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Scottish Tattie Scones

Tattie Scones are traditional potato scones made in Scotland. A simple flat scone made from mashed potato which are traditionally served as part of a cooked breakfast.

Scottish Tattie Scones in a cooked breakfast with beans and eggs

Scottish Tattie Scones


At the weekend I decided to make some tattie (potato) scones.

Tattie scones are a traditional Scottish flatbread made with mashed potatoes.

I was making them for Sunday morning breakfast, but the boy asked if he could have some. So I warmed up some beans and fried an egg for him too. He loved the tattie scones.

I don't know why I haven't made them for him before, they're so simple to make.

Graham and I are not in the habit of having breakfast, although the boy always has his.  I cannot face eating so early in the morning.

What are Tattie Scones ?


In case you haven't heard of tattie scones before, they are part of a traditional Scottish breakfast. 

They are flat scones made from potatoes and traditionally cooked on a griddle.

In Ireland they are called fadge or potatoes scones, but we just call them tattie scones (tattie is our abbreviation for potato).

For more Scottish recipes have a look at my recipe index of Scottish Recipes for Vegans and Vegetarians



toddler eating tattie scones  with baked beans and eggs


What is in a full cooked vegan breakfast?


Choose 4 or more of the following:


  1. well cooked veggie sausages (we like Linda McCartney)
  2. baked beans
  3. sauted mushrooms (seasoned well with pepper)
  4. grilled (broiled) tomatoes
  5. wilted spinach 
  6. fried potato slices
  7. toasted potato scones
  8. toast


For a vegetarian cooked breakfast you can also add:


  1. griddled or fried halloumi
  2. fried, poached or scrambled eggs

Instead of shop bought sausages why not try my puy lentil and mushroom sausagescarrot and black bean sausages or my easy recipe for potato scones?

    It's not something to have all the time, but nice for an occasional lazy, late Sunday breakfast.




    tattie scone dough rolled out and cut with a cookie cutter


    Shape of tattie scones


    I made small, round tattie scones, but they are traditionally rolled into a larger circle and cut into four triangles.

    You can use any cutter you like really.

    It might be fun to use some cookie cutters to make star or heart shapes, if you are making them for children.

    So, remember to cook extra potatoes if you are having them with your evening meal, so you can whip these up quickly next morning.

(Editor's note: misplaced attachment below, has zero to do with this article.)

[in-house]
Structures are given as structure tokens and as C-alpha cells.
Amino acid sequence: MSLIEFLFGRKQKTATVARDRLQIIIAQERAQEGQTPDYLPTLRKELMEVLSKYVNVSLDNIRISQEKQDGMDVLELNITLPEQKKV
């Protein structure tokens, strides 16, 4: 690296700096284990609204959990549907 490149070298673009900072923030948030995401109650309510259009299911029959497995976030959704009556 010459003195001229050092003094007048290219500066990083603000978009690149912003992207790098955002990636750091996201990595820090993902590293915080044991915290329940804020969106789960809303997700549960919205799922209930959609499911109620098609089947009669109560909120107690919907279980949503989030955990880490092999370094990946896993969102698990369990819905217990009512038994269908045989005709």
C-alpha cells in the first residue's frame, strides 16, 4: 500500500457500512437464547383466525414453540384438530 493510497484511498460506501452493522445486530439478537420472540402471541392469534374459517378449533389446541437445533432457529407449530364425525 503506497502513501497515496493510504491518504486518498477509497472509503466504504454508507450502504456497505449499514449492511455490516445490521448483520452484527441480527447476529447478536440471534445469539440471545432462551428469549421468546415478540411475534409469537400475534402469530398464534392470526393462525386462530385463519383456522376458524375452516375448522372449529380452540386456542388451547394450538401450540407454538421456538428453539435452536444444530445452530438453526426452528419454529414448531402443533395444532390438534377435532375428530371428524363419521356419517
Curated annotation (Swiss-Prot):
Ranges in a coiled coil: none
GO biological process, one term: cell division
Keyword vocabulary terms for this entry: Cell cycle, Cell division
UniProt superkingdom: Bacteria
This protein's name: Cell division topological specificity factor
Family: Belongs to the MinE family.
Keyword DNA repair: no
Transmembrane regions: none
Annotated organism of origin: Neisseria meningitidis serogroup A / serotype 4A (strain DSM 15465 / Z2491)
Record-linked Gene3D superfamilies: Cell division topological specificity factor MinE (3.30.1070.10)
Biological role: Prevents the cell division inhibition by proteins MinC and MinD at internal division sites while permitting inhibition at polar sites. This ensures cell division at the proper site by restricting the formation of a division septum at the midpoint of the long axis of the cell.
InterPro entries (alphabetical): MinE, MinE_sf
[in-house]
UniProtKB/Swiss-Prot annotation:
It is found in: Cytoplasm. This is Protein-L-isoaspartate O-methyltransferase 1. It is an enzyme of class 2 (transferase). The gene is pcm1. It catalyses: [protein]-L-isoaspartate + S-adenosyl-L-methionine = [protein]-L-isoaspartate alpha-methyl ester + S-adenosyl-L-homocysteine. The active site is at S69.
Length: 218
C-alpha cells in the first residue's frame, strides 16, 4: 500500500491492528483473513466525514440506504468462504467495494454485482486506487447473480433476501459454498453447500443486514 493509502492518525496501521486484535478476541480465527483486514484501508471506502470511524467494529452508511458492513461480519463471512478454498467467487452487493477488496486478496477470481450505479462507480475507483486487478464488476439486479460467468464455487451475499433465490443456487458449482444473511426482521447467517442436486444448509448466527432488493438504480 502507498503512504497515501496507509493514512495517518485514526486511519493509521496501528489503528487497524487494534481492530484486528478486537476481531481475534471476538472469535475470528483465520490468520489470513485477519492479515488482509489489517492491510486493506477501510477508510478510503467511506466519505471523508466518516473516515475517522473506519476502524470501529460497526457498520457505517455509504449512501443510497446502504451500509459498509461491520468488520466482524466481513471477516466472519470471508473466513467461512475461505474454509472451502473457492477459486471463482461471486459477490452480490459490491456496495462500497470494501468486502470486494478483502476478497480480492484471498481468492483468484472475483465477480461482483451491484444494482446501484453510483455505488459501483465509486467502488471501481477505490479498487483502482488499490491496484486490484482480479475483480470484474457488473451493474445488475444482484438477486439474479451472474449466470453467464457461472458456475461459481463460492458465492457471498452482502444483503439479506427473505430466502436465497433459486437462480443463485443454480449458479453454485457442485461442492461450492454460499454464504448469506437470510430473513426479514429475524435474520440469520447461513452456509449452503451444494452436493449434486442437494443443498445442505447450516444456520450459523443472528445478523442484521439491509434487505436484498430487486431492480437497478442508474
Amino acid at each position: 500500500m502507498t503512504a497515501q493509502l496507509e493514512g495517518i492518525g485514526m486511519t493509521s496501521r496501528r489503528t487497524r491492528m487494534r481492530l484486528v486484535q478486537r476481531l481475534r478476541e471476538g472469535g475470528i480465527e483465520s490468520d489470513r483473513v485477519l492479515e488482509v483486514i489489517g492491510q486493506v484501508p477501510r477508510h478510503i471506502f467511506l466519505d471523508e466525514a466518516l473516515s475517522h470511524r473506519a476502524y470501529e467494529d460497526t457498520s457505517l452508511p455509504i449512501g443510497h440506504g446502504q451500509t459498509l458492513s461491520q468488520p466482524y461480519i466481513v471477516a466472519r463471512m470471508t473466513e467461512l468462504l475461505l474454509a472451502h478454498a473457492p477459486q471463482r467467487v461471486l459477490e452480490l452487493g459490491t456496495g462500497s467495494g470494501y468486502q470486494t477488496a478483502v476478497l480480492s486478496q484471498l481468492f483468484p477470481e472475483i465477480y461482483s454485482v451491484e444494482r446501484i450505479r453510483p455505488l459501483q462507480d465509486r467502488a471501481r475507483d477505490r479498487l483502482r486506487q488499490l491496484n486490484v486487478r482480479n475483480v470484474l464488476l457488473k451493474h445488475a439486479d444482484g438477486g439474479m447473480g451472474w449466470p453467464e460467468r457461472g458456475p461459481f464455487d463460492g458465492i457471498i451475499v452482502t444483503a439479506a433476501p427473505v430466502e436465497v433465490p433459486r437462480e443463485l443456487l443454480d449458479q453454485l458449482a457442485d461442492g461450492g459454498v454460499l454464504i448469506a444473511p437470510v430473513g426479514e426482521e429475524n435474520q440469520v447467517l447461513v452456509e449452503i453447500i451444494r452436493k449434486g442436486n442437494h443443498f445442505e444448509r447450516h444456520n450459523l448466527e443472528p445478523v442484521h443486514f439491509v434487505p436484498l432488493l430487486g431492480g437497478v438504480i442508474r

What do you like to have for a lazy Sunday breakfast?





    More traditional Scottish recipes



      also try Scotch Pancake with Chocolate Chips and Raisins


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      Tattie Scones are traditional potato scones made in Scotland. A simple flat scone made from mashed potato which are traditionally served as part of a cooked breakfast. #tattiescones #potatoscones #scottishscones #scottishbreakfast #cookedbreakfast #mashedpotatoes #potatofarls



      potato scones, potato farls, tattie scones, Scottish tattie scones, Scottish potato scones, scones, Scottish breakfast, Scottish cooked breakfast, vegetarian breakfast
      breakfast
      Scottish, vegetarian
      Yield: 12 scones (depending on size)
      Author:

      Scottish Tattie Scones

      Scottish Tattie Scones

      These are traditional potato scones, made in Scotland. A simple scone made from mashed potato, flour and butter. Once cooked they can be kept in the fridge and re-heated in a toaster or under a grill.
      prep time: 10 Mcook time: 25 Mtotal time: 35 M

      ingredients:

      • 400g potatoes, peeled
      • 50g butter (or dairy-free spread)
      • 80g plain flour
      • ½ tsp baking powder
      • ½ tsp salt

      instructions:

      How to cook Scottish Tattie Scones

      1. Boil the potatoes until they are tender and mash with the butter.
      2. Mix the mashed potato in a bowl with the flour, baking powder and salt, until the form a dough.
      3. Roll the dough out on a lightly floured surface, to about ½ cm deep. Use the cutter of your choice or cut into the traditional triangles.
      4. Lightly oil and heat a frying pan or griddle. Fry each scone on each side for a few minutes until golden.
      5. Serve while hot or leave to cool, then pop in the fridge for a quick breakfast. They toast really well.
      6. Enjoy!

      NOTES:

      Once cooked and cooled these can be heated in the toaster, but they need to be fried the first cook.
      These can be frozen and cooked from frozen or left to defrost in the fridge overnight then cooked.
      The scones can be kept in the fridge for a few days.
      Calories
      85.24
      Fat (grams)
      3.49
      Sat. Fat (grams)
      2.16
      Carbs (grams)
      12.19
      Fiber (grams)
      0.91
      Net carbs
      11.28
      Sugar (grams)
      0.41
      Protein (grams)
      1.56
      Sodium (milligrams)
      147.47
      Cholesterol (grams)
      8.96
      Created using The Recipes Generator

      40 comments

      1. I grew up on tat tie scones from marks and Spencers. I was so sad when they disappeared here but can still make my own.

        ReplyDelete
        Replies
        1. Yes, you can definitely make your own Val and they will be much nicer too :)

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      2. What a fun recipe, Jacqueline. I've never heard of tattie scones...but I've made this accidentally (with scallions) with leftover mashed taters!

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      3. Adding scallions or spring onions as we call them, is a good idea Barbara. I am thinking of making some with sweetcorn for Cooper, as he loves his corn.

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      4. lovely jac. I've been making drop scones recently like my great aunts used to feed me. I shall try these very soon!

        ReplyDelete
        Replies